A number of old themes are being retired in MyPad in June and have already been replaced with a new set of responsive designs that will work well on mobile devices. If you use a MyPad site for teaching or personal use it is worth checking whether you are using old themes (you will be prompted when you log in) and updating them or just consider one of the new themes to freshen up your site and make it smartphone friendly.
The NILE External Resources Site (NILEX), which lists free applications you can use to create content for use in NILE, has undergone such an update and continues to expand – there are now over 50 resources covered. Latest posts include Canva (an online graphics and infographics creator) and AppSheet (which creates free IOS and Android data-driven apps using Google Spreadsheets).
As part of the University Institute of Learning and Teaching funded Parklife project, Nick Cartwright has been piloting the use of a hybrid laptop. The project involved students working in open spaces of their own choice with Nick’s support, so a device capable of taking notes and sharing information with small groups of students was considered worthy of inclusion to support the process.
The device used – a Lenovo Yoga 2 11.6″ – was selected on the basis that it was capable of using the University’s common applications installed on staff and student PCs and that it appeared to offer flexibility in its physical use – it has a touch screen and can be used in stand, tent and tablet configurations, along with a standard laptop layout.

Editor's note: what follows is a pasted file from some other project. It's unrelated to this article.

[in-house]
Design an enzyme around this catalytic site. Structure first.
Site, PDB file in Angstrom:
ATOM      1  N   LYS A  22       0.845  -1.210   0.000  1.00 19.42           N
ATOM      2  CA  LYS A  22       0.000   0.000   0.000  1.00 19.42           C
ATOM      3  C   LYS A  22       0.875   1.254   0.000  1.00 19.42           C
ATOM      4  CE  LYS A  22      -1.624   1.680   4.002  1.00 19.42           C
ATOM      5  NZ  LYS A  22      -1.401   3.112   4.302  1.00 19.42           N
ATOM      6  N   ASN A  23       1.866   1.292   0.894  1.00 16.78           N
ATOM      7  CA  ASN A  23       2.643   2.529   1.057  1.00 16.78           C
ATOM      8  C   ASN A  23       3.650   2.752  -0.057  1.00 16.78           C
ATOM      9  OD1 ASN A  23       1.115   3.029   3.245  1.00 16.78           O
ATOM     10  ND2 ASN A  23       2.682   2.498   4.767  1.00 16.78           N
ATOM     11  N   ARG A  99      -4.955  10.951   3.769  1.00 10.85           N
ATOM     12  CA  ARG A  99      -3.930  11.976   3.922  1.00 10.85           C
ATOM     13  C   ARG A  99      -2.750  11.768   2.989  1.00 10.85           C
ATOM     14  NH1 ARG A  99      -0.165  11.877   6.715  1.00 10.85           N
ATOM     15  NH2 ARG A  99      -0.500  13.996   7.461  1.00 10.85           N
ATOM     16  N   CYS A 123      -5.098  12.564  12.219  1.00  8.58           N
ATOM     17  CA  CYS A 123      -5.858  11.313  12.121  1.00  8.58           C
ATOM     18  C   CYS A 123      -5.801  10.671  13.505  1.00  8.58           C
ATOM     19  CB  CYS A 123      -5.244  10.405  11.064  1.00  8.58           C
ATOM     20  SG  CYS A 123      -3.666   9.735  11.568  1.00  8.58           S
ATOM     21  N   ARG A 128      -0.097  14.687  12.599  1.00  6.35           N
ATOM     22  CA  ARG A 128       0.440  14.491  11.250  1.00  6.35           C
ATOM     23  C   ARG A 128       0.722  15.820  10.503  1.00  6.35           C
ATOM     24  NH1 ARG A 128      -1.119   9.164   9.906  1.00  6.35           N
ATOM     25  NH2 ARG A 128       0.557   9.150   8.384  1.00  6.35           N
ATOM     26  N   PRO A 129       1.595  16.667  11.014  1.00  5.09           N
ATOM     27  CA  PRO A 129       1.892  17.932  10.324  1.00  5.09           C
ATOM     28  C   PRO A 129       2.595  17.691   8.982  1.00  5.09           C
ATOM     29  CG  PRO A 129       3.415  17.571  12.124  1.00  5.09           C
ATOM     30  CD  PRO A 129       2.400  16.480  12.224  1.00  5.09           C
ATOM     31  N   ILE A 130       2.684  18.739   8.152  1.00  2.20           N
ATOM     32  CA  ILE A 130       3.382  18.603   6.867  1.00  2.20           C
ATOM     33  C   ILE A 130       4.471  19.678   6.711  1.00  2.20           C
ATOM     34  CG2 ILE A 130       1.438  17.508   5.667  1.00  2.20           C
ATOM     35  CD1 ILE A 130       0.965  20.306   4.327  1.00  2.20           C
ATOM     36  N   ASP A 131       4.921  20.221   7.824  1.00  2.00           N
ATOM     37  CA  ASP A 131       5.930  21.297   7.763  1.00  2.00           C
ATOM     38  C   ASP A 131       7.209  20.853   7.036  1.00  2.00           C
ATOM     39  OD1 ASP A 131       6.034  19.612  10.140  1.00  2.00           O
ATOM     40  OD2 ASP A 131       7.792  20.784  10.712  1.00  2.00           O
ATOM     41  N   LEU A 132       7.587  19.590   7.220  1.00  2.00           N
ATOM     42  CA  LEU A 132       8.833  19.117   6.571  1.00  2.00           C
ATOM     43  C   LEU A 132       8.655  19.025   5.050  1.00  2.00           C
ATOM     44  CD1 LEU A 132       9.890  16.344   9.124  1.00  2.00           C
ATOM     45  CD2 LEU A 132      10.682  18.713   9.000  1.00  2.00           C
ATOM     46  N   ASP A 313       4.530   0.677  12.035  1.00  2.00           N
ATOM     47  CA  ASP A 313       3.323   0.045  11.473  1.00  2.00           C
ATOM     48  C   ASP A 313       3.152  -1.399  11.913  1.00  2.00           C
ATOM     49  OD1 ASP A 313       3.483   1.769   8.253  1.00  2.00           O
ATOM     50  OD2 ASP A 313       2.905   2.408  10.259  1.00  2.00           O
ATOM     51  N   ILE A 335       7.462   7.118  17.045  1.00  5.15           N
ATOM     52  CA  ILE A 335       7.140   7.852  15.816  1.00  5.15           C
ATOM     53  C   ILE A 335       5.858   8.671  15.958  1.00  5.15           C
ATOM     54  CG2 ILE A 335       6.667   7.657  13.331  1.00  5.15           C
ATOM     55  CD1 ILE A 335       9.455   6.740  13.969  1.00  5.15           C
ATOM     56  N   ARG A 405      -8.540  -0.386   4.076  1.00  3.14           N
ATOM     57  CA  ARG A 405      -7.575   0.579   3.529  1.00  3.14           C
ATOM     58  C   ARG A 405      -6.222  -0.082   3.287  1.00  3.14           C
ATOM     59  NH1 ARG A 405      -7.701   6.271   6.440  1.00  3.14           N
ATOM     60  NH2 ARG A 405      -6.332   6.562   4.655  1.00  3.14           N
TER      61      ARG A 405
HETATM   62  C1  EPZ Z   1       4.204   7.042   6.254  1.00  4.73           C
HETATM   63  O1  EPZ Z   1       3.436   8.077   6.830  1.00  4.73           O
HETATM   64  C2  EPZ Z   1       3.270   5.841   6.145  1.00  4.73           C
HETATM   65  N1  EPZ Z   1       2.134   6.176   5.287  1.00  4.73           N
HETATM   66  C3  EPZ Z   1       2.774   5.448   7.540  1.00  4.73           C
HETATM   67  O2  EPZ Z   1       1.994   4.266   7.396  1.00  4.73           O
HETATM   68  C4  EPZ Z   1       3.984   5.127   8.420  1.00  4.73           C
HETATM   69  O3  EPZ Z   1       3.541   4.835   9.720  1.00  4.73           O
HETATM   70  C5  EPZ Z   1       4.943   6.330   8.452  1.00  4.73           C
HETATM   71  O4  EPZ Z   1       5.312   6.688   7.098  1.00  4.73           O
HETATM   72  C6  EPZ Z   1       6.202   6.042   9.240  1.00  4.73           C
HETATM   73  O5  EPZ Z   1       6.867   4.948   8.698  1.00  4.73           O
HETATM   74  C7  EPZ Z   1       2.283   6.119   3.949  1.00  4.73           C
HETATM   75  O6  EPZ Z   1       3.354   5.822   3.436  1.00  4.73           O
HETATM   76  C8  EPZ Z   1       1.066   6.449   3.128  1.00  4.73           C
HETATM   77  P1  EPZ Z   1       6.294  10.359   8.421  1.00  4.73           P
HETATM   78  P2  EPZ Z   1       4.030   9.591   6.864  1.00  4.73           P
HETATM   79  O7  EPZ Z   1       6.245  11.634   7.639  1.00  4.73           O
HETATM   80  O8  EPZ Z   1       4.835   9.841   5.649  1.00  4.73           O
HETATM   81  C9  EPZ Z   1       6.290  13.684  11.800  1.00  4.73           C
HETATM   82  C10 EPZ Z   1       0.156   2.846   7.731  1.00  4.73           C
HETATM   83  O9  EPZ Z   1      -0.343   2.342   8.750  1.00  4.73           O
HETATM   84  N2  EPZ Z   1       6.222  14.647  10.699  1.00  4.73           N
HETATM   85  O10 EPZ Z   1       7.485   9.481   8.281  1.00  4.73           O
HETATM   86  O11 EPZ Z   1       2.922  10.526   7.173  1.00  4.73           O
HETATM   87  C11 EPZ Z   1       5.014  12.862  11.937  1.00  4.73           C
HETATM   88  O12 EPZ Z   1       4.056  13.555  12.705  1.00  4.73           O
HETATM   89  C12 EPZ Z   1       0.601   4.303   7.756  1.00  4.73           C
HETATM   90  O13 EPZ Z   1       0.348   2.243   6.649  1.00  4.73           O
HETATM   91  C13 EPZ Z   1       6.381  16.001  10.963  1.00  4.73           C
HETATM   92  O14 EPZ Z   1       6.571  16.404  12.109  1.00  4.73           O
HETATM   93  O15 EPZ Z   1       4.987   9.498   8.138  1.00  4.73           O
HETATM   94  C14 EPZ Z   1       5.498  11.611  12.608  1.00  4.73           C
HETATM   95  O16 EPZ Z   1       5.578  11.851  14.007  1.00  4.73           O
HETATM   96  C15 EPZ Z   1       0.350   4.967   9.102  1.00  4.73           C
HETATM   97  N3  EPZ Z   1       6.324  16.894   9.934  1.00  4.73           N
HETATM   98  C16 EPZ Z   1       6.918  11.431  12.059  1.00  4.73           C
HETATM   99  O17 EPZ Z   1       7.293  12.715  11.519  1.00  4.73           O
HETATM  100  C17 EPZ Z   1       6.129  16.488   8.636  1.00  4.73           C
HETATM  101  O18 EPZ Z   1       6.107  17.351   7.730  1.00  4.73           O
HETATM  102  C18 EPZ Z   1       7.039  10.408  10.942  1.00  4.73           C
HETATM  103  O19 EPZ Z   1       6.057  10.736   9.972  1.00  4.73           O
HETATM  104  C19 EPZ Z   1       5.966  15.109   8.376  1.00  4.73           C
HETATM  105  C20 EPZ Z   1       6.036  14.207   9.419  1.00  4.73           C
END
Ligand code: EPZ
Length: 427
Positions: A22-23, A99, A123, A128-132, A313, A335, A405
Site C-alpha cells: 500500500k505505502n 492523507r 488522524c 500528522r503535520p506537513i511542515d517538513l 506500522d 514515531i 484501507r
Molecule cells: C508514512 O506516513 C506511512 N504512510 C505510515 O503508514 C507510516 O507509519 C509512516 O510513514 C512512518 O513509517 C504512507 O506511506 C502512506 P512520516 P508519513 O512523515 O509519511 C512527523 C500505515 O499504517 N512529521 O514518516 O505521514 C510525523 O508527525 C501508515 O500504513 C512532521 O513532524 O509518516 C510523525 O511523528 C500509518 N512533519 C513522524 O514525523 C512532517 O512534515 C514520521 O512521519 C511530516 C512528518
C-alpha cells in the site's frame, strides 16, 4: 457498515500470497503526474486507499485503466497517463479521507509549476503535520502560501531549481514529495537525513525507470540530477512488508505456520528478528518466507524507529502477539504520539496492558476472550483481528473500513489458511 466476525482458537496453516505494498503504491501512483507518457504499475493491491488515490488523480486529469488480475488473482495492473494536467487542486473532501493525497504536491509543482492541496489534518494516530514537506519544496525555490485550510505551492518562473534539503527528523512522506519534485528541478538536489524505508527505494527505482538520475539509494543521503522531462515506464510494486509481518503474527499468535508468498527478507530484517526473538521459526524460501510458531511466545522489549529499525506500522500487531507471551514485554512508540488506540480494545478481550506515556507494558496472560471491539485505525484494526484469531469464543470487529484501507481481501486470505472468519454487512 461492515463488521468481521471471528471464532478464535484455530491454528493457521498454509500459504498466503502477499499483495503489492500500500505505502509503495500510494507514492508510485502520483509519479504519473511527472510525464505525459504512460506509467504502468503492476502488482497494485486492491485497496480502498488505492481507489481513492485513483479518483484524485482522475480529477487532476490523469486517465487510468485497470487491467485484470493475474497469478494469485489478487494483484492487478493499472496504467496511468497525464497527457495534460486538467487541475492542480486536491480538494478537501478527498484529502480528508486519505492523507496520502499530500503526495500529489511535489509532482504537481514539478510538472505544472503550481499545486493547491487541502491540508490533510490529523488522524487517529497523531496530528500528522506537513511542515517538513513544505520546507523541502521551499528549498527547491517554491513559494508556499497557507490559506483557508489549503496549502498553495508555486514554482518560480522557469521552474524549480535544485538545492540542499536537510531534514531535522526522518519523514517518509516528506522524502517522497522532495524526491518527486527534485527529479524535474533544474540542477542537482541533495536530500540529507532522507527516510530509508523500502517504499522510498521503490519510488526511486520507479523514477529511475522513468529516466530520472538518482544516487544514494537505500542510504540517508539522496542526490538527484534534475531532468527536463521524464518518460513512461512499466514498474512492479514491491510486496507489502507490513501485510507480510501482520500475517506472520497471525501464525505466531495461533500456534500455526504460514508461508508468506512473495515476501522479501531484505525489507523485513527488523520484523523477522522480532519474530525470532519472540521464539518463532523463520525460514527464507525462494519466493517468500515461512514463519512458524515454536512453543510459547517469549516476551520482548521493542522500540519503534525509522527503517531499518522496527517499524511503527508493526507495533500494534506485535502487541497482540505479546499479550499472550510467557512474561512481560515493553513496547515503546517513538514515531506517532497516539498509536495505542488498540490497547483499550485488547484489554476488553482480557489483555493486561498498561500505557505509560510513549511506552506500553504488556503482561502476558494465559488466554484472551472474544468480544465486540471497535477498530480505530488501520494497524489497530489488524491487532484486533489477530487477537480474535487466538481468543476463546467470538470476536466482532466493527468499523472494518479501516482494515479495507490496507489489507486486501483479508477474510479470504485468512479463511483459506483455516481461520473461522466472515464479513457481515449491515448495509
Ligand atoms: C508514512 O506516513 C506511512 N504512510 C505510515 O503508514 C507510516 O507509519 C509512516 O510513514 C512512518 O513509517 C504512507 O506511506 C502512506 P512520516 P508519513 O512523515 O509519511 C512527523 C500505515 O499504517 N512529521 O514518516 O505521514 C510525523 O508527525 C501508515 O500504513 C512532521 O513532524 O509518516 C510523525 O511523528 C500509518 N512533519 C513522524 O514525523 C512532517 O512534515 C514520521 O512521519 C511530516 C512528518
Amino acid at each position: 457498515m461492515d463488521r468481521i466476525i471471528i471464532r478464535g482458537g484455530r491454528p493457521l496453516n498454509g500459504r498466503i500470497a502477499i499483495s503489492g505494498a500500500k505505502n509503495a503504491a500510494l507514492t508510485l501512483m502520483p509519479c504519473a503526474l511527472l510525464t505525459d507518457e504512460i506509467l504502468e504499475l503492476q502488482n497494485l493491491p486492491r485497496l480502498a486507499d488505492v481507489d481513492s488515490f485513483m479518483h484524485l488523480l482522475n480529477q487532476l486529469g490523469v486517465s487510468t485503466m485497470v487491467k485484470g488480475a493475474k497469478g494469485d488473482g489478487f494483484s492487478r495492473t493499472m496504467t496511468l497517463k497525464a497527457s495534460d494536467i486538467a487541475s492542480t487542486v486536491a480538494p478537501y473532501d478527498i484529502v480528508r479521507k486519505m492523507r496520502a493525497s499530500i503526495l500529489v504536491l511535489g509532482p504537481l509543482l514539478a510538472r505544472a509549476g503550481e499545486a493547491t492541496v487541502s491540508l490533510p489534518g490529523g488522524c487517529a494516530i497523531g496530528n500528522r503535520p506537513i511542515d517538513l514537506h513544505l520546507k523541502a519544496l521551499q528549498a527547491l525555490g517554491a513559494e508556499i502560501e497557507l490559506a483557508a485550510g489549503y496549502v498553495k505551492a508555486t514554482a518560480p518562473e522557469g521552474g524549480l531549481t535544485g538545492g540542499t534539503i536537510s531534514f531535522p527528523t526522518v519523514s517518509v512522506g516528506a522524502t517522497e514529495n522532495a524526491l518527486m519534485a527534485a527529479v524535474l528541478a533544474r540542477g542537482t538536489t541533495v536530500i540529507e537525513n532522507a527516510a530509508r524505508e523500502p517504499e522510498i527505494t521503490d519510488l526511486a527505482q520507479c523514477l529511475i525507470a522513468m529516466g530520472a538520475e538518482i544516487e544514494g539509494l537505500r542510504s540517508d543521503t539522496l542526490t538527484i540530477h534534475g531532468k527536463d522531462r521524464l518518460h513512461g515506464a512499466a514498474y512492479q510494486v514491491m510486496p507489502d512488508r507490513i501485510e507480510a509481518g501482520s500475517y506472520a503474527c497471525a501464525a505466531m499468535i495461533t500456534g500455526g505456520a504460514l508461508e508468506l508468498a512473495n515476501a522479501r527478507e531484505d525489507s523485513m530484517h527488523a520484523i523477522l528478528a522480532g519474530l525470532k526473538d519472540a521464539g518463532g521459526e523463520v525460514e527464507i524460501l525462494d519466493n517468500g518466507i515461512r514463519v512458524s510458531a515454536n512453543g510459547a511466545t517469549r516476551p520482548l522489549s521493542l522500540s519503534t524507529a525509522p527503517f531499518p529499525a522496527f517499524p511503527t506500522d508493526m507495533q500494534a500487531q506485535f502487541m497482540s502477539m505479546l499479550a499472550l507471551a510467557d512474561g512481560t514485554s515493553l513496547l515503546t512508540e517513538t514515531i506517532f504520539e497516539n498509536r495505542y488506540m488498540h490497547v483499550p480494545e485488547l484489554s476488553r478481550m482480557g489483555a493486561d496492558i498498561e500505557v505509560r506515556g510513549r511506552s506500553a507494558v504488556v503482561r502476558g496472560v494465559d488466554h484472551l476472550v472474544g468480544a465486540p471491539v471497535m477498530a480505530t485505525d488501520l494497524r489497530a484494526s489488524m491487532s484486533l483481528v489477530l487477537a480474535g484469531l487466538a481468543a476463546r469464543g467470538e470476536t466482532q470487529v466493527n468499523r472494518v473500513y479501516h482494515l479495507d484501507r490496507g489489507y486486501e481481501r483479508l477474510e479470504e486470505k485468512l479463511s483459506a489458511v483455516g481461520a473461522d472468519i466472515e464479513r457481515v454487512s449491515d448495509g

As many of the activities Nick would be carrying out mirrored some of the potential practices that might be used at the new Waterside Campus, LearnTech agreed to record Nick’s experiences to share with Waterside stakeholders. This is the first of a number of reviews we intend to publish – though we are not recommending the University or members of staff purchase this or any other particular model of laptop. We are just seeking to identify the strengths and weaknesses of such devices in the workplace and classroom.
The Yoga has been used to record notes and observations during Parklife sessions but – in practice – it has been relatively little used to share information with small groups of students. While Nick was impressed with the ability to be able to hook it over a chair back as an informal display, in practice the small screen didn’t make it practical to share with more than two or three students.
Aside from general web browsing and Office applications, Nick found it an excellent device to prepare Prezis with but found Turnitin did not respond well to the touch screen. That said, he did complete all his marking using the Yoga successfully. Its particular strength seemed to be that he could quickly move away from an area of disturbance to a quite corner with minimal disruption. Battery life was acceptable – enough for 3-4 hours and a fast one hour recharge was useful. Ultimately, Nick would like to be able to dock to a large screen with a full keyboard for more intensive text work but has found that almost all his work has been possible on the Yoga.
Its main drawbacks are the small screen and weight when used as a tablet – compared to an iPad (around 500g), 1.4 Kg would be uncomfortable to use for a long period – but the flexibility may well be worth this if the device is used in more than one mode. Some reviews suggest that the 802.11n only wireless connect might be an issue, but Nick has noticed no significant wireless connection problems. The mini-HDMI port is the only physical way to connect to an external screen or projector, so this needs to be borne in mind when considering use cases and the available infrastructure. But the fact that a colleague purchased the larger screen version of the Yoga 2 for herself after trying this machine over a period of time is a clear indication that this is a useful device.